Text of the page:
Contributed by Jane Sandwood
The World Health Organization states that currently, there are around 47 million people worldwide with dementia, with Alzheimer’s disease being the most common. They define it as a syndrome in which there is deterioration to memory, thinking, behavior and the ability to perform everyday activities. Although dementia typically affects the elderly, it is important to note that it is not a normal or inevitable aspect of aging.
The Alzheimer’s Association suggests that there are more than 5 million Americans living with Alzheimer’s and it is currently the 6th leading cause of death in the Unites States. However, there are a variety of activities you can do to take control and by making some simple yet effective changes to your lifestyle, you can help prevent the onset of dementia.
Increasing Exercise Levels
Scientific American reports that exercise can help stave off cognitive decline. Professor Gill Livingston observes in her report on Dementia Prevention, Intervention and Care, that older adults who exercise are more likely to maintain cognition than those who do not. Ideally, around 150 minutes of moderate exercise, perhaps in the form of swimming or brisk walking, per week should be aimed for.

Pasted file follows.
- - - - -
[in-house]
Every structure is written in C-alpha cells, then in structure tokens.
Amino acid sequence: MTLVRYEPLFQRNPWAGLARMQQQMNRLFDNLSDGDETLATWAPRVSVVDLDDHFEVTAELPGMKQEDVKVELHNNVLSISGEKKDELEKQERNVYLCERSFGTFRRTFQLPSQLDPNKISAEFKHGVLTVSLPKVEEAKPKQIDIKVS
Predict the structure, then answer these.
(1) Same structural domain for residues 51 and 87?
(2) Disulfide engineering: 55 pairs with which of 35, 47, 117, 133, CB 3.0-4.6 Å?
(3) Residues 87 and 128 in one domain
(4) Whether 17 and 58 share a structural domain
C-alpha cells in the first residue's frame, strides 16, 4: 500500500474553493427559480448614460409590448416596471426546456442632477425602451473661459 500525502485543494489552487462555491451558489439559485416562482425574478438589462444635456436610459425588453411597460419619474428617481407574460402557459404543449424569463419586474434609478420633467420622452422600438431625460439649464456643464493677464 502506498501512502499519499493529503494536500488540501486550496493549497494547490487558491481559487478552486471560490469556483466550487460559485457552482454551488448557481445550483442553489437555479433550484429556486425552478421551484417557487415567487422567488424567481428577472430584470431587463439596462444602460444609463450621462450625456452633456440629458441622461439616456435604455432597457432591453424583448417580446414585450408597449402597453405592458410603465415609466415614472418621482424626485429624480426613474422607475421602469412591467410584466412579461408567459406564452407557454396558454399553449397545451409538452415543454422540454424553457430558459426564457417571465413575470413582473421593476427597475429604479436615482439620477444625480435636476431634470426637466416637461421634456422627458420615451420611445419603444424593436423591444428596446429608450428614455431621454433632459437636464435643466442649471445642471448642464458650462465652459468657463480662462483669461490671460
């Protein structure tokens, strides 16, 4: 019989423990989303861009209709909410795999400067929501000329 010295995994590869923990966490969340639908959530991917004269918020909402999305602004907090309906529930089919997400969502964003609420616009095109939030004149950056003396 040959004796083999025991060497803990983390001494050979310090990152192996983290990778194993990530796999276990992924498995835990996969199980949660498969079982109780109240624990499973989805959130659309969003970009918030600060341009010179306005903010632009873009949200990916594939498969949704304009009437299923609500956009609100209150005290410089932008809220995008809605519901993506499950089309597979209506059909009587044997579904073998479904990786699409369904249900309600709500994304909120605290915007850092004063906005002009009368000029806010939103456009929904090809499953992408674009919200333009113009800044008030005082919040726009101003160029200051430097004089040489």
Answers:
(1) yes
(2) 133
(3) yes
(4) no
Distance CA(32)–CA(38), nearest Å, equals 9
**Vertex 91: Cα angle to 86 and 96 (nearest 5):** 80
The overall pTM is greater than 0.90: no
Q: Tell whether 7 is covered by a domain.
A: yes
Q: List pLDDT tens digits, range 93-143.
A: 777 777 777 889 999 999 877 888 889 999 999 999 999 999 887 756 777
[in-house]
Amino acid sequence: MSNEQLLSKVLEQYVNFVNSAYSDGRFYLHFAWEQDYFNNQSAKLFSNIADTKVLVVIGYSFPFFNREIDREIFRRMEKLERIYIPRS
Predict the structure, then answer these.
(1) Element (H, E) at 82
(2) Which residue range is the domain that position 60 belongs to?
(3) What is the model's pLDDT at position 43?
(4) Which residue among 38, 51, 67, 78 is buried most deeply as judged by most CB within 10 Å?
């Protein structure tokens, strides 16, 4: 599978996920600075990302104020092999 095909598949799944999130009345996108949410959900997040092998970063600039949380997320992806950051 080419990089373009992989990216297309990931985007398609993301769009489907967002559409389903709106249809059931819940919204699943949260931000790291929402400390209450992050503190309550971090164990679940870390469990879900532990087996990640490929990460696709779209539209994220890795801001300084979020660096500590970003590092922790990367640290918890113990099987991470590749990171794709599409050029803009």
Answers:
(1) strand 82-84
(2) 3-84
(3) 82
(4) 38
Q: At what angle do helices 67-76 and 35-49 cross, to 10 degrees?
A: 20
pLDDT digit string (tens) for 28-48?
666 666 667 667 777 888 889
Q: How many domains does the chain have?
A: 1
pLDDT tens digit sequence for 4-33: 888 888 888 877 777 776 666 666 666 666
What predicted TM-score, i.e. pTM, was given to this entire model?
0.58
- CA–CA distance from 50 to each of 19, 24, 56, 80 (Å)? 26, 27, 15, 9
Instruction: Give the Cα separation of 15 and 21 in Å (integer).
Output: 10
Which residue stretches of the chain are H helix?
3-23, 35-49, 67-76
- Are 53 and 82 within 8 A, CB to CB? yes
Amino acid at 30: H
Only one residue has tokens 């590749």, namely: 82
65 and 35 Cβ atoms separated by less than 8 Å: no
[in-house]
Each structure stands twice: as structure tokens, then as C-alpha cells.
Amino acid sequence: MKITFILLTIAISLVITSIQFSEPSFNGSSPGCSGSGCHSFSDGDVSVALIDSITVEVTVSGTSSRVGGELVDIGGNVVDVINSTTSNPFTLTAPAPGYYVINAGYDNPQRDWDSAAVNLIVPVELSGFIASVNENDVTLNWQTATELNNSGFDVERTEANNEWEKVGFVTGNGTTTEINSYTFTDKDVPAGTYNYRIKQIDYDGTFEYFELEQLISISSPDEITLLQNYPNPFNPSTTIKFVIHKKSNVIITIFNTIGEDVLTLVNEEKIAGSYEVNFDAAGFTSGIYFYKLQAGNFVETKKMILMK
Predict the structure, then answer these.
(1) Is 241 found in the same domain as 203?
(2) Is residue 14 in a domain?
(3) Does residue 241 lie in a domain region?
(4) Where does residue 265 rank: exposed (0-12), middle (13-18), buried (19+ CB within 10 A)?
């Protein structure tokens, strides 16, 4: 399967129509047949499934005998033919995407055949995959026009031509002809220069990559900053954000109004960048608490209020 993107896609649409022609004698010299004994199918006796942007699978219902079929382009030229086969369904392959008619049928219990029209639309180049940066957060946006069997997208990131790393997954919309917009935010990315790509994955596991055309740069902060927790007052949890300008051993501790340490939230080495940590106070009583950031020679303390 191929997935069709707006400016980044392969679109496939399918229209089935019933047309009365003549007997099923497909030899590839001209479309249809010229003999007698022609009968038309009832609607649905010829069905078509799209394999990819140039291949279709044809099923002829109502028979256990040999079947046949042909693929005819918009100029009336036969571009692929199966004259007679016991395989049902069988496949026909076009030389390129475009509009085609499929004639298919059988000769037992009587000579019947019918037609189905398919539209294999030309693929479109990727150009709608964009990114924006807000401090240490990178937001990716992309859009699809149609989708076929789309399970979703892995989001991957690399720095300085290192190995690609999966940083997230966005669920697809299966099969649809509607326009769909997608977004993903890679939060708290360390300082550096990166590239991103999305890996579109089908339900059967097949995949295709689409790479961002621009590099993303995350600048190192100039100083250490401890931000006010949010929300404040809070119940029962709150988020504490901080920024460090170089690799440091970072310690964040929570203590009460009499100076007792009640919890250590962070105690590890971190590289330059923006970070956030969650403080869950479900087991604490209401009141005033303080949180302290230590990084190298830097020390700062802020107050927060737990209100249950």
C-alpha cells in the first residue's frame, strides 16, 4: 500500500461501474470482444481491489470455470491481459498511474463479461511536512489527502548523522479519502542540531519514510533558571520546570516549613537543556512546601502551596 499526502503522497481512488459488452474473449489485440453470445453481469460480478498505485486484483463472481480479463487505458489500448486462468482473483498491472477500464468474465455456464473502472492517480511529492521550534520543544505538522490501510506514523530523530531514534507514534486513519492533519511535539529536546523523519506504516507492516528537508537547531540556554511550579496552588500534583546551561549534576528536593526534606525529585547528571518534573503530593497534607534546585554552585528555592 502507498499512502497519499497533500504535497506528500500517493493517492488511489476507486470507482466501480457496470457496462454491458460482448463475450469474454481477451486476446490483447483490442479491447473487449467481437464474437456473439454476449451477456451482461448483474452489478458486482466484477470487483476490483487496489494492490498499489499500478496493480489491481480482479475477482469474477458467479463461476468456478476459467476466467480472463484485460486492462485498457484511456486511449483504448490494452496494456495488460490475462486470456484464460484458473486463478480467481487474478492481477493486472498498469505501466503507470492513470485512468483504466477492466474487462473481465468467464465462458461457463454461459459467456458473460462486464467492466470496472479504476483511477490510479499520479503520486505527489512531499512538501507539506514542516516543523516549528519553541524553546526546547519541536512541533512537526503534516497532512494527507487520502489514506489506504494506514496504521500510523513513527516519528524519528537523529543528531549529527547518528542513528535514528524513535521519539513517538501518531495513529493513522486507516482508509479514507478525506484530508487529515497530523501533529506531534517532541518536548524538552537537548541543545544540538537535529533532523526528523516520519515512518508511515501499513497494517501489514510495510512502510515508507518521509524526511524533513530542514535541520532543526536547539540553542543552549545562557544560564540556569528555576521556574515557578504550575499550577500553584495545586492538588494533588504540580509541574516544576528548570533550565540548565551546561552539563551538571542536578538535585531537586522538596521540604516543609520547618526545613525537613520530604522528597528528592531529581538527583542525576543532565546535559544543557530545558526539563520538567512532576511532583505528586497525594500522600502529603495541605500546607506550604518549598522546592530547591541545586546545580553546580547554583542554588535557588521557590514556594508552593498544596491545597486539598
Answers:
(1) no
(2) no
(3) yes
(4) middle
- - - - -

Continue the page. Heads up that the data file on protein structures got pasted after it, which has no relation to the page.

As well as physical exercise, keeping mentally active through cognitive exercise and doing puzzles regularly can be an effective way to increase brainpower and keep your faculties sharp.
The Alzheimer’s Association International conference noted that a healthy diet had a dramatic effect on the risk of older adults developing dementia. Specifically, those who followed the Mediterranean diet lowered their risk by a third.
The Mediterranean diet is praised as being possibly the healthiest diet in the world, being high in fruit, vegetables, whole grains, olive oil and lean sources of protein such as fish and poultry.
What to Avoid
In a bid to make lifestyle adjustments to prevent dementia, there are lots of additions that it would be of benefit to add. However, there are also a few major habits that could be cut down on or cut out entirely; the main one being smoking. Smoking contributes to a variety of health issues, related to your lungs and circulation as well as increasing the risk of developing dementia.
The other habit to avoid is excessive drinking of alcohol. American Addiction Center regards alcohol as being one of the most abused substances in the US and states that excessive drinking can increase the risk of dementia.
Taking control of various other health issues that may occur, typically with age, and getting them under control at an early stage can be a great help in preventing dementia. For example, hypertension is a common ailment in middle aged people but active treatment can reduce dementia incidents. A balanced approach to improving varying lifestyle habits can be the most effective method of reducing the risk of dementia.
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This blog post was contributed by Jane Sandwood, whose family experience with dementia gave her an interest in helping families affected by Alzheimer’s and dementia. She contributes to several blogs and hopes to encourage seniors “to stay active and interested in the world around” them.